small cell carcinoma a common, highly malignant form of bronchogenic carcinoma in the wall of a major bronchus, occurring mainly in middle-aged individuals with a history of tobacco smoking; it is radiosensitive and has small oval undifferentiated cells. Metastasis to the hilum and to mediastinal lymph nodes is common.
spindle cell carcinoma squamous cell carcinoma marked by development of rapidly proliferating spindle cells.
squamous cell carcinoma
1. carcinoma developed from squamous epithelium, having cuboid cells and characterized by keratinization. Initially local and superficial, the lesion may later invade and metastasize.
2. the form occurring in the skin, usually originating in sun-damaged areas or preexisting lesions.
3. in the lung, one of the most common types of bronchogenic carcinoma, generally forming polypoid or sessile masses that obstruct the airways of the bronchi. It usually occurs in middle-aged individuals with a history of smoking. There is frequent invasion of blood and lymphatic vessels with metastasis to regional lymph nodes and other sites. Called also epidermoid carcinoma.
transitional cell carcinoma a malignant tumor arising from a transitional type of stratified epithelium, usually affecting the urinary bladder.
verrucous carcinoma
1. a variety of squamous cell carcinoma that has a predilection for the buccal mucosa but also affects other oral soft tissue and the larynx. It is slow-growing and somewhat invasive.
2. Buschke-Löwenstein tumor, so called because it is histologically similar to the oral lesion.
Miller-Keane Encyclopedia and Dictionary of Medicine, Nursing, and Allied Health, Seventh Edition. © 2003 by Saunders, an imprint of Elsevier, Inc. All rights reserved.

Hürth·le cell car·ci·no·ma

a salivary or thyroid carcinoma composed of cells that have eosinophilic cytoplasm.
See also: Hürthle cell adenoma.
Farlex Partner Medical Dictionary © Farlex 2012


Karl W., German histologist, 1860-1945.
Hürthle cell - a large, granular eosinophilic cell derived from thyroid follicular epithelium by accumulation of mitochondria, e.g., in Hashimoto disease. Synonym(s): Askanazy cell
Hürthle cell adenoma - a follicular adenoma of the thyroid in which the epithelium has undergone metaplasia into Hürthle cells.
Hürthle cell carcinoma - Synonym(s): Hürthle cell tumor
Hürthle cell tumor - neoplasm of the thyroid gland. Synonym(s): Hürthle cell carcinoma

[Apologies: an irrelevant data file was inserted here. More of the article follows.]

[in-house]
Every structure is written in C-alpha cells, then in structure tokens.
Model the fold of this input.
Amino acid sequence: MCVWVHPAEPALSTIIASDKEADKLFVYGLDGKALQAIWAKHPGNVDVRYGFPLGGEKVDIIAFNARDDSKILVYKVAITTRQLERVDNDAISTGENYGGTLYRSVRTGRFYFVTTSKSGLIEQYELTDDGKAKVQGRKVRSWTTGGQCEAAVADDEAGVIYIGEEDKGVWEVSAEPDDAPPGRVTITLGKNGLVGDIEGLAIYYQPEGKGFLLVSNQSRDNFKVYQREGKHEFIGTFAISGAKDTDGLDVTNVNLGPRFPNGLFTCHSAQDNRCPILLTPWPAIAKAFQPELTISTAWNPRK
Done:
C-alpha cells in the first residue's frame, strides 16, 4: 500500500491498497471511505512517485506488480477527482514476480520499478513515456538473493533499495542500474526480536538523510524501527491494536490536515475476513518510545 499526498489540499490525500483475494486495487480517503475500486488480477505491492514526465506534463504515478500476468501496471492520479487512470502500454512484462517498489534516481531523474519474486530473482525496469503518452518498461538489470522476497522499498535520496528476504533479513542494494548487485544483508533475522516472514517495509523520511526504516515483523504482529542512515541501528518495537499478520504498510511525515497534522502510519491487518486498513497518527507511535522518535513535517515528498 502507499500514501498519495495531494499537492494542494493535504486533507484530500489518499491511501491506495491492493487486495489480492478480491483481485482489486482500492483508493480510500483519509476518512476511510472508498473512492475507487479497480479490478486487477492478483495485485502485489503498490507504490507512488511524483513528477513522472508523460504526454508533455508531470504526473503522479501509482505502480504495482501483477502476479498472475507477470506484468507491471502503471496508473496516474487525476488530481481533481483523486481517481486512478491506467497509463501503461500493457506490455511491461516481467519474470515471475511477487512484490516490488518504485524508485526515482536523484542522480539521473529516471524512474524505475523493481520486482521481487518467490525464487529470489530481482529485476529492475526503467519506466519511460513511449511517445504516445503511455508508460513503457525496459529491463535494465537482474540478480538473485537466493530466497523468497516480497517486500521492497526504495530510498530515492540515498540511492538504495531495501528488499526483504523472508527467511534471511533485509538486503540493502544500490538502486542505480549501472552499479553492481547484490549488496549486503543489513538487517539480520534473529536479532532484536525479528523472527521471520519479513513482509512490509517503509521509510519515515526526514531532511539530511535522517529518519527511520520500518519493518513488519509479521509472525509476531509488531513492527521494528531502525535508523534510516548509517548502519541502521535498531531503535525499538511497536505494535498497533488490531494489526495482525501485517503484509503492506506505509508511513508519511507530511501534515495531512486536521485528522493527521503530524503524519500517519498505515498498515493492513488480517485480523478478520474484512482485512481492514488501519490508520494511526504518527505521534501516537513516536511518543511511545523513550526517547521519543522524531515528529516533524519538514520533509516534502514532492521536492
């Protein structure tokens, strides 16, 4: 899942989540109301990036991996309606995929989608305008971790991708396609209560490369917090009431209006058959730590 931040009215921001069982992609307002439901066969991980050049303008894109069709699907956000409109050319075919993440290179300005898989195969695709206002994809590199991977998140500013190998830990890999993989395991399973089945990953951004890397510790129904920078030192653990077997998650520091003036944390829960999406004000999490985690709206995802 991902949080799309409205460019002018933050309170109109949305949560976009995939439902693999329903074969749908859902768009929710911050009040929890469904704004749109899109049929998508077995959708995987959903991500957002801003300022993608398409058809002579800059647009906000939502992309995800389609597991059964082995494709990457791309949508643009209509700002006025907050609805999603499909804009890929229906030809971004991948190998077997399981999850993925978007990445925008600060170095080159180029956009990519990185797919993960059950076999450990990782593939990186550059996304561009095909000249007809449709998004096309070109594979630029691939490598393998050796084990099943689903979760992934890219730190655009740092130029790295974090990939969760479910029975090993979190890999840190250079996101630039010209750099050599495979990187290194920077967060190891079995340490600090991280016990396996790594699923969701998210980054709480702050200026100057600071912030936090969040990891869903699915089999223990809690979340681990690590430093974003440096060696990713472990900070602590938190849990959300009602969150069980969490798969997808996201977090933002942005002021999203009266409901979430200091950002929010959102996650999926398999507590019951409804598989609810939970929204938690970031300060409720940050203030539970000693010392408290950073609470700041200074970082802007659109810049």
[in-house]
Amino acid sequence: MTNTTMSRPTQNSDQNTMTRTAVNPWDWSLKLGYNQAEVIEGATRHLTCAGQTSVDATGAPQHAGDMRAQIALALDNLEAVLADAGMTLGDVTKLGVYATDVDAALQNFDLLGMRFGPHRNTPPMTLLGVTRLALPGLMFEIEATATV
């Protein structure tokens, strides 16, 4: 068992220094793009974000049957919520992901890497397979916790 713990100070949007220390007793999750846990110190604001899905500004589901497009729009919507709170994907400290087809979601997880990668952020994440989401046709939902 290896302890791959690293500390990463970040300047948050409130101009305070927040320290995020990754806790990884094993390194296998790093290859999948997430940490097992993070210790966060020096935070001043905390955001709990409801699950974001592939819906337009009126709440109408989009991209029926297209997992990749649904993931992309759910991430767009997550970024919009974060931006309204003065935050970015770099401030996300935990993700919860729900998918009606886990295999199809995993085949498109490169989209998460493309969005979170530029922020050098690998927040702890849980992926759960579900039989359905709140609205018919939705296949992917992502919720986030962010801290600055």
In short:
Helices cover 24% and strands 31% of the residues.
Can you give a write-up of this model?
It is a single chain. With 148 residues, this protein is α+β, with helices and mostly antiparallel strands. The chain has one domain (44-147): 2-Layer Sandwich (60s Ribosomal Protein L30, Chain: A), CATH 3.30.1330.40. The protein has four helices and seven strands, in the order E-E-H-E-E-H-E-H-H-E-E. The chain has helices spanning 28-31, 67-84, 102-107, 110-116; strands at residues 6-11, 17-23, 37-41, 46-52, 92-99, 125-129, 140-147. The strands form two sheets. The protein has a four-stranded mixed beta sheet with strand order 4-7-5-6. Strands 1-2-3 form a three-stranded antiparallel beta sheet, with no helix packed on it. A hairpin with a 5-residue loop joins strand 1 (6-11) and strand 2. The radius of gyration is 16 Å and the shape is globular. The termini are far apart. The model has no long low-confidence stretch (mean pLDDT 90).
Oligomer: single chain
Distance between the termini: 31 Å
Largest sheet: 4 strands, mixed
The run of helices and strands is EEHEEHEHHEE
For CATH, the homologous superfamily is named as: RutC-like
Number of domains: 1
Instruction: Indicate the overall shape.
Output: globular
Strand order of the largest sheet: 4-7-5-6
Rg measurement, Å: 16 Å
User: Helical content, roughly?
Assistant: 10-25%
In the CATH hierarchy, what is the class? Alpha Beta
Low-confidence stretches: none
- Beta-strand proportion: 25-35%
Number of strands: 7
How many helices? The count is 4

Medical Eponyms © Farlex 2012

Hürth·le cell car·ci·no·ma

(hērtlĕ sel kahrsi-nōmă)
Salivary or thyroid carcinoma composed of cells with eosinophilic cytoplasm.
Medical Dictionary for the Dental Professions © Farlex 2012
References in periodicals archive ?
This case is particular due to the young age of our patient with Hurthle cell carcinoma. knowing the 6th decade is the average age for this rare type of thyroid neoplasm.
Genomic dissection of Hurthle cell carcinoma reveals a unique class of thyroid malignancy: J Clin Endocrinol Metab.
The particular advantages of ThyroSeq[R] v3 over ThyroSeq[R] v2 in guiding the extent of thyroid surgery for indeterminate Hurthle cell cytopathology are illustrated by this case report and helped tailor the best treatment for this patient with a Hurthle cell carcinoma who would otherwise have likely needed a completion thyroidectomy.
FA: follicular adenoma; FC: follicular carcinoma; HCA: Hurthle cell adenoma; HCC: Hurthle cell carcinoma; green: negative; red: positive.
Eng et al., "Genomic dissection of Hurthle cell carcinoma reveals a unique class of thyroid malignancy," The Journal of Clinical Endocrinology and Metabolism, vol.
Auersperg, "The role of radioactive iodine in the treatment of Hurthle cell carcinoma of the thyroid," Thyroid, vol.
Malignancy included follicular carcinoma, Hurthle cell carcinoma, papillary carcinoma, medullary carcinoma, and squamous cell carcinoma.
There were 8 cases of widely invasive follicular carcinoma and 38 cases of minimally invasive follicular carcinoma, four of which had morphology of minimally invasive Hurthle cell carcinoma. We observed 4 cases of undifferentiated carcinoma and 8 cases of poorly differentiated carcinoma in our study.
Follow-up surgical excision of these cytologically indeterminate cases may yield a diagnosis of nodular hyperplasia (Figure 5), follicular adenoma, follicular carcinoma (FC; Figure 6), Hurthle cell adenoma (HcA, Figure 7), Hurthle cell carcinoma (HcC), or papillary thyroid carcinoma (PTC), either classic or follicular variant (FV-PTC, Figure 8).
Hurthle cell carcinoma is a better gold standard than Hurthle cell neoplasm for thyroid fine-needle aspirates: defining more consistent and specific cytologic criteria.
In other areas, the glands contained large oncocytic cells marked by abundant, dense eosinophilic cytoplasm and round nuclei with prominent nucleoli, compelling a consideration of metastatic breast carcinoma with apocrine features or even a Hurthle cell carcinoma of the thyroid.
Follicular carcinomas of the thyroid gland, including their oncocytic variant (the so-called Hurthle cell carcinoma), are subdivided into minimally invasive and widely invasive tumors.